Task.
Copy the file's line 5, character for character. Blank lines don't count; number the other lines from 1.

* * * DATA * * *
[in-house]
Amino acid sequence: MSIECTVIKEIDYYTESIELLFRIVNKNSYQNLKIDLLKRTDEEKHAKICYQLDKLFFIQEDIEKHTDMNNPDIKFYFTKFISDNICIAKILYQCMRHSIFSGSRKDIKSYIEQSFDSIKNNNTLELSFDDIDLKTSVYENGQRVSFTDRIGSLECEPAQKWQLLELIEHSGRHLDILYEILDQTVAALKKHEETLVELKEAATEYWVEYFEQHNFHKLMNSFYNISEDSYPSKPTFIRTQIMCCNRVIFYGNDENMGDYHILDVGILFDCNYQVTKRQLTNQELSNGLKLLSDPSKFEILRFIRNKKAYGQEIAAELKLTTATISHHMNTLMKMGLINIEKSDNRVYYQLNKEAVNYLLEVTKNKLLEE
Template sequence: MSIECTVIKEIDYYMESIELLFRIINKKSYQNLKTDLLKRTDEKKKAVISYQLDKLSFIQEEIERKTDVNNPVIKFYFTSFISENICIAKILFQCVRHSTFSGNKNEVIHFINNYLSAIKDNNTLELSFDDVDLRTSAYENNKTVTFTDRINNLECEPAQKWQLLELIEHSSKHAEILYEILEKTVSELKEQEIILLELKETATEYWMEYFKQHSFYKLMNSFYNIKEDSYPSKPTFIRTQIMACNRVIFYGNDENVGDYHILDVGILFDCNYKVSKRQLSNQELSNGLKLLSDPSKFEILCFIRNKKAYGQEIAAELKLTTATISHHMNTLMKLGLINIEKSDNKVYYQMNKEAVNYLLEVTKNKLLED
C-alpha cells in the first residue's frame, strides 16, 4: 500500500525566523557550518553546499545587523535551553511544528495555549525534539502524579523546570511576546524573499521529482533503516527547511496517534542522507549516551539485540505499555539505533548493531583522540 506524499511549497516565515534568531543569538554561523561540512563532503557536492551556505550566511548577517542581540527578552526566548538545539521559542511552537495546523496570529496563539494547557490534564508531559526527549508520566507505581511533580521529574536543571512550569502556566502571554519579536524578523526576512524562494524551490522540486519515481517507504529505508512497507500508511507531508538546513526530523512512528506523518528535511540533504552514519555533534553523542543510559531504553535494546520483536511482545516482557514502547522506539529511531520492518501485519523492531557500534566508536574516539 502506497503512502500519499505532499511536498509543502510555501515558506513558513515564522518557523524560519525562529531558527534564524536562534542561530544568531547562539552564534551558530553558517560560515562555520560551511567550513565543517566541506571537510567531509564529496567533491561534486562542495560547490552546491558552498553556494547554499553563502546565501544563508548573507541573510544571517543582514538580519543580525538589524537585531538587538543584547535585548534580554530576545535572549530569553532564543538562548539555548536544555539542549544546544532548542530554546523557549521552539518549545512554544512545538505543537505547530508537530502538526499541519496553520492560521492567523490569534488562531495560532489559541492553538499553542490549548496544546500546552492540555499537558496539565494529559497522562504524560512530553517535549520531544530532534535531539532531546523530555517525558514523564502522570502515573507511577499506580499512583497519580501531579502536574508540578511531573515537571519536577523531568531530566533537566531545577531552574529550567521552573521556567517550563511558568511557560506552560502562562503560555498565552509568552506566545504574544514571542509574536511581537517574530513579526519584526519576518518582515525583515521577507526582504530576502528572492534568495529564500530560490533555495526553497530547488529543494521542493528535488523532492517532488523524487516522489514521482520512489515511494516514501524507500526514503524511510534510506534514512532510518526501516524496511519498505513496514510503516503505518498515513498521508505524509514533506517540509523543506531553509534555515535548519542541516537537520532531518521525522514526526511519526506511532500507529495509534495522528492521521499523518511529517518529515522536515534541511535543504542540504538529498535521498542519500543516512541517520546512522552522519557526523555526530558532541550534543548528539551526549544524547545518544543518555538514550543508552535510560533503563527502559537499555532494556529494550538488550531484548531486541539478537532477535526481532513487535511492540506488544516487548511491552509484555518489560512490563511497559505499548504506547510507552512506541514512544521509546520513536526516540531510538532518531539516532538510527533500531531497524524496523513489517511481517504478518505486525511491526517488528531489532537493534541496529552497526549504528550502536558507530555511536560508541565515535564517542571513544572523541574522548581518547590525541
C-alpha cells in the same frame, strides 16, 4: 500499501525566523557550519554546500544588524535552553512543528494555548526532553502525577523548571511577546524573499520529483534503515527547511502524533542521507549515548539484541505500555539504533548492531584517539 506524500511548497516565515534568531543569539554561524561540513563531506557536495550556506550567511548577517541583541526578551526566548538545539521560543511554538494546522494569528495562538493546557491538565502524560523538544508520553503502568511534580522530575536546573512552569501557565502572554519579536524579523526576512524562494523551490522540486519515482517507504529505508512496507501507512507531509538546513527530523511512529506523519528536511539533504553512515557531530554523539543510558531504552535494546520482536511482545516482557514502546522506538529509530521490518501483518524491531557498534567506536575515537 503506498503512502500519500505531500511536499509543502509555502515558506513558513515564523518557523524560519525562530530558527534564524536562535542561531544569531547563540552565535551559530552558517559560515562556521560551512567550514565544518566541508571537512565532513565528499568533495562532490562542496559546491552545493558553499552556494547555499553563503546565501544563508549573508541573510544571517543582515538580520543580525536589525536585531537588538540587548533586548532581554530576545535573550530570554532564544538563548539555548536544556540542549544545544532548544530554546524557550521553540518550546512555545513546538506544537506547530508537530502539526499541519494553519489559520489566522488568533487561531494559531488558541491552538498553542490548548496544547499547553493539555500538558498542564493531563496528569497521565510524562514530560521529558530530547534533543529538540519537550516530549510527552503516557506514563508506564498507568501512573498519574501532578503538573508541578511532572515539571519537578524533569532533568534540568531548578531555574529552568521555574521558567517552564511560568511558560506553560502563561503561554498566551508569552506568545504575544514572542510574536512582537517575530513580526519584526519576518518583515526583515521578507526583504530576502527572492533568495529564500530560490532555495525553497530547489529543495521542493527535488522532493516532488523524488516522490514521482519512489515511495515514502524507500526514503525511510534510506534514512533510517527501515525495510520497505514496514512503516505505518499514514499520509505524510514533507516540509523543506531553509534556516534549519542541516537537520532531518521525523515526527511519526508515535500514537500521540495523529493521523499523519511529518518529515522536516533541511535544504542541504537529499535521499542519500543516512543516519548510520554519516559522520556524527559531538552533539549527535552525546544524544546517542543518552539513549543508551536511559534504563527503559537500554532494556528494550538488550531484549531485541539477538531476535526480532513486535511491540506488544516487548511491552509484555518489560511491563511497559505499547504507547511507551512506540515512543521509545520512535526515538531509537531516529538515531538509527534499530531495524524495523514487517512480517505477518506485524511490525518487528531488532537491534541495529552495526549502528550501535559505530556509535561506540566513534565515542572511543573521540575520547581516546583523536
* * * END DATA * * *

C-alpha cells in the same frame, strides 16, 4: 500499501525566523557550519554546500544588524535552553512543528494555548526532553502525577523548571511577546524573499520529483534503515527547511502524533542521507549515548539484541505500555539504533548492531584517539 506524500511548497516565515534568531543569539554561524561540513563531506557536495550556506550567511548577517541583541526578551526566548538545539521560543511554538494546522494569528495562538493546557491538565502524560523538544508520553503502568511534580522530575536546573512552569501557565502572554519579536524579523526576512524562494523551490522540486519515482517507504529505508512496507501507512507531509538546513527530523511512529506523519528536511539533504553512515557531530554523539543510558531504552535494546520482536511482545516482557514502546522506538529509530521490518501483518524491531557498534567506536575515537 503506498503512502500519500505531500511536499509543502509555502515558506513558513515564523518557523524560519525562530530558527534564524536562535542561531544569531547563540552565535551559530552558517559560515562556521560551512567550514565544518566541508571537512565532513565528499568533495562532490562542496559546491552545493558553499552556494547555499553563503546565501544563508549573508541573510544571517543582515538580520543580525536589525536585531537588538540587548533586548532581554530576545535573550530570554532564544538563548539555548536544556540542549544545544532548544530554546524557550521553540518550546512555545513546538506544537506547530508537530502539526499541519494553519489559520489566522488568533487561531494559531488558541491552538498553542490548548496544547499547553493539555500538558498542564493531563496528569497521565510524562514530560521529558530530547534533543529538540519537550516530549510527552503516557506514563508506564498507568501512573498519574501532578503538573508541578511532572515539571519537578524533569532533568534540568531548578531555574529552568521555574521558567517552564511560568511558560506553560502563561503561554498566551508569552506568545504575544514572542510574536512582537517575530513580526519584526519576518518583515526583515521578507526583504530576502527572492533568495529564500530560490532555495525553497530547489529543495521542493527535488522532493516532488523524488516522490514521482519512489515511495515514502524507500526514503525511510534510506534514512533510517527501515525495510520497505514496514512503516505505518499514514499520509505524510514533507516540509523543506531553509534556516534549519542541516537537520532531518521525523515526527511519526508515535500514537500521540495523529493521523499523519511529518518529515522536516533541511535544504542541504537529499535521499542519500543516512543516519548510520554519516559522520556524527559531538552533539549527535552525546544524544546517542543518552539513549543508551536511559534504563527503559537500554532494556528494550538488550531484549531485541539477538531476535526480532513486535511491540506488544516487548511491552509484555518489560511491563511497559505499547504507547511507551512506540515512543521509545520512535526515538531509537531516529538515531538509527534499530531495524524495523514487517512480517505477518506485524511490525518487528531488532537491534541495529552495526549502528550501535559505530556509535561506540566513534565515542572511543573521540575520547581516546583523536